Having only ever played USTA and WTT ... I have never played a traditional tie-break.
I have played a TON of tiebreakers, both set and match tiebreakers. (I have trouble closing out I guess). Even though I watch a lot of pro tennis, I don't think I could do a traditional one without being coached through it.
 
What is "Coman" ?

It's the last name of the person who came up with a new form of switching sides on a different pattern (not every 6 points but instead 1, then every 4), to accommodate 10 point tie breaks in lieu of a 3rd complete set in a 2 out of 3 set mach.

By switching the Coman way, both teams have a more fair chance in case one side of the court favors the other one.

It's important to know and understand both types of switching, TRADITIONAL and COMAN. In the modern recreational game, tie breaks occur very often, so knowing exactly what's going on can make it easier to focus and win them.
 
Good video and you are both good players, but has the obsession with split-stepping gone too far in rec tennis? I don't think either of you are getting anything out of hopping, then waiting for a second for the ball to get there. The white shirt guy even hops, stops, then takes a step, then hits the return. Has it gone too far? You tennis forum members, must be the judge!

Yes, at the speed we play we must split step as much. If you compare this video to an ATP video it may seem like we are moving too slow and too little actually.
 
Yes, at the speed we play we must split step as much. If you compare this video to an ATP video it may seem like we are moving too slow and too little actually.
Yes, I understand, I think you both move pretty well, I just am not sure if the split step on return of serve is "activating" anything really or helping anticipation, but at least it's part of your timing so no reason to mess with it.
 

5sets

Hall of Fame
Lol, I think I’ve played several tournaments and league matches where we’re supposed to play Coman but either no one cares or we all forget and we just switch on multiples of 6.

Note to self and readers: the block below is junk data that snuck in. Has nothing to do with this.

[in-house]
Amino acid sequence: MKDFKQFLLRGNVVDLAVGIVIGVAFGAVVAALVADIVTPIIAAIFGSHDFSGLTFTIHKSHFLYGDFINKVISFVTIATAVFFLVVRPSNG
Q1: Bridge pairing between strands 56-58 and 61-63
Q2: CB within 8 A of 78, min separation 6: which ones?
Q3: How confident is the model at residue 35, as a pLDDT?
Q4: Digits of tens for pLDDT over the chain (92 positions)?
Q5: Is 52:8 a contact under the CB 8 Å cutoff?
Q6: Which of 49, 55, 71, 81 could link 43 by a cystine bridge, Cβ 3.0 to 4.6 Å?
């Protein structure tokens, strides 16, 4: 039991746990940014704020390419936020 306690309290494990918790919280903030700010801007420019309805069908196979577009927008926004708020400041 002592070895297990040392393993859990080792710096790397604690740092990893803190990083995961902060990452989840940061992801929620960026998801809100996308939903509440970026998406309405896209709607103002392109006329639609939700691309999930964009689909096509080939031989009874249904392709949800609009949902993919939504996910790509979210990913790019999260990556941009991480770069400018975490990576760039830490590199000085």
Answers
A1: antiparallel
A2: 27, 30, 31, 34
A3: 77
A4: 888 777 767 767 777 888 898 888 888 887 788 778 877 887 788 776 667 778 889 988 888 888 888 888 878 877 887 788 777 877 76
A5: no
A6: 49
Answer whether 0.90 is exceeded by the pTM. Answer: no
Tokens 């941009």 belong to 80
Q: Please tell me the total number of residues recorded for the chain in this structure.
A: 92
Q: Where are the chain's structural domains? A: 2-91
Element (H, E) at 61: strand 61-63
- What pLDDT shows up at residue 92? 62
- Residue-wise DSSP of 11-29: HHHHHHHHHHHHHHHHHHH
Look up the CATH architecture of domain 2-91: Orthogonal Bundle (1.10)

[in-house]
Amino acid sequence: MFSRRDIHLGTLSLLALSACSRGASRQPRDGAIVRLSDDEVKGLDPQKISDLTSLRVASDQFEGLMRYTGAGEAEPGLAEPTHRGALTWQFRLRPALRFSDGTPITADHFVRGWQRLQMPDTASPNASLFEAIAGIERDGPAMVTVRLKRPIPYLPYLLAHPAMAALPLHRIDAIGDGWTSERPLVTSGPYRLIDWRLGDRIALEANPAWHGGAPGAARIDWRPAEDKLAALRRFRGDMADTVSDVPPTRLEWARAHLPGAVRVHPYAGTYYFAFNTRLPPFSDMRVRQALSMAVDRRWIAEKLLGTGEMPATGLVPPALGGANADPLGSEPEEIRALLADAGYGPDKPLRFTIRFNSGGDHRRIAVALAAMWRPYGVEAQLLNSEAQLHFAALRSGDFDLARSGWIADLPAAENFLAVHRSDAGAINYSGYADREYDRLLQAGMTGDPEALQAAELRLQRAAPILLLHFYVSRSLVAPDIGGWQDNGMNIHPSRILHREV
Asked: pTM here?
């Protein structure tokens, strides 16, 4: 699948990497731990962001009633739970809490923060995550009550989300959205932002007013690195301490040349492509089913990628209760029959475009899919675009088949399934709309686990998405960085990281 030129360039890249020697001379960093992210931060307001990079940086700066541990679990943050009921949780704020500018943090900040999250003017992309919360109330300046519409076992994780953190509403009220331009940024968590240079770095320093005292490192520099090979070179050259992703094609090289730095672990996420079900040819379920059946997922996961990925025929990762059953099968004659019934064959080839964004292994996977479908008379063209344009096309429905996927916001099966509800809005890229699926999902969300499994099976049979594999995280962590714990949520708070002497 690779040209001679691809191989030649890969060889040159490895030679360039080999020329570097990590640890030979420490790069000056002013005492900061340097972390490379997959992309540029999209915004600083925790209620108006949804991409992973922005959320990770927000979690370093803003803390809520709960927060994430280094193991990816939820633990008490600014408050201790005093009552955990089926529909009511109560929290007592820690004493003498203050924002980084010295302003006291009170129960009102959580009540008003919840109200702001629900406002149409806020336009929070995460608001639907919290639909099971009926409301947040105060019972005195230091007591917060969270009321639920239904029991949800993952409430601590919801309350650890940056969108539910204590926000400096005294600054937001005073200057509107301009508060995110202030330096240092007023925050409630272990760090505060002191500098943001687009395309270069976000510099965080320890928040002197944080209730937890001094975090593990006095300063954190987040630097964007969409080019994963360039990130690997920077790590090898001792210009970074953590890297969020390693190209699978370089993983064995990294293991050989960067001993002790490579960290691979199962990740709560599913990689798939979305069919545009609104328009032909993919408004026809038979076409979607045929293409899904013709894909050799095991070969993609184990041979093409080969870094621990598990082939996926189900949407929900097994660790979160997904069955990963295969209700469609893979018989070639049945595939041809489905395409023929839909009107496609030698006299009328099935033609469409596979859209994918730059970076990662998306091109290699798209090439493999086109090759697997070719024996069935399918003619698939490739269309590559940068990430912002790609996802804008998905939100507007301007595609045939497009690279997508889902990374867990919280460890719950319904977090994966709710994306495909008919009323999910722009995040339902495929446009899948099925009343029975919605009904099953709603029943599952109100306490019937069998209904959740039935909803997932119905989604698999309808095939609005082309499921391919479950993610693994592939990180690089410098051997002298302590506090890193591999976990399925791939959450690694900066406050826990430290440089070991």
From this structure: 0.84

Creighton

Professional
Lol, I think I’ve played several tournaments and league matches where we’re supposed to play Coman but either no one cares or we all forget and we just switch on multiples of 6.

You can always do whatever you want at the end of the day if you agree to it.
 

kevrol

Hall of Fame
I voted Coman on your poll because that's what I normally will play. However if playing singles and there's no wind/sun to deal with then I'll play a traditional. Also will sometimes won't even switch sides if just playing for fun.
 

TennisOTM

Professional
It's the last name of the person who came up with a new form of switching sides on a different pattern (not every 6 points but instead 1, then every 4), to accommodate 10 point tie breaks in lieu of a 3rd complete set in a 2 out of 3 set mach.

I don't think Coman side-switching has anything specifically to do with first-to-10-point tie breaks for the deciding 3rd set. The number of points needed to win a tie break and the procedure for switching sides are completely independent concepts. I think it's a common misconception that they are related just because USTA uses both of them. In fact I've found that many people believe that "Coman" refers to the first-to-10-point rule, leading to much confusion. It seems the new side-switching idea was originally designed for the normal first-to-seven tiebreak.

I also learned that the original name for the rule was not Coman, but "Balboa", which is so much cooler. Too bad it switched, how many Rocky jokes have we missed out on over the years.
 
I don't think Coman side-switching has anything specifically to do with first-to-10-point tie breaks for the deciding 3rd set. The number of points needed to win a tie break and the procedure for switching sides are completely independent concepts. I think it's a common misconception that they are related just because USTA uses both of them. In fact I've found that many people believe that "Coman" refers to the first-to-10-point rule, leading to much confusion. It seems the new side-switching idea was originally designed for the normal first-to-seven tiebreak.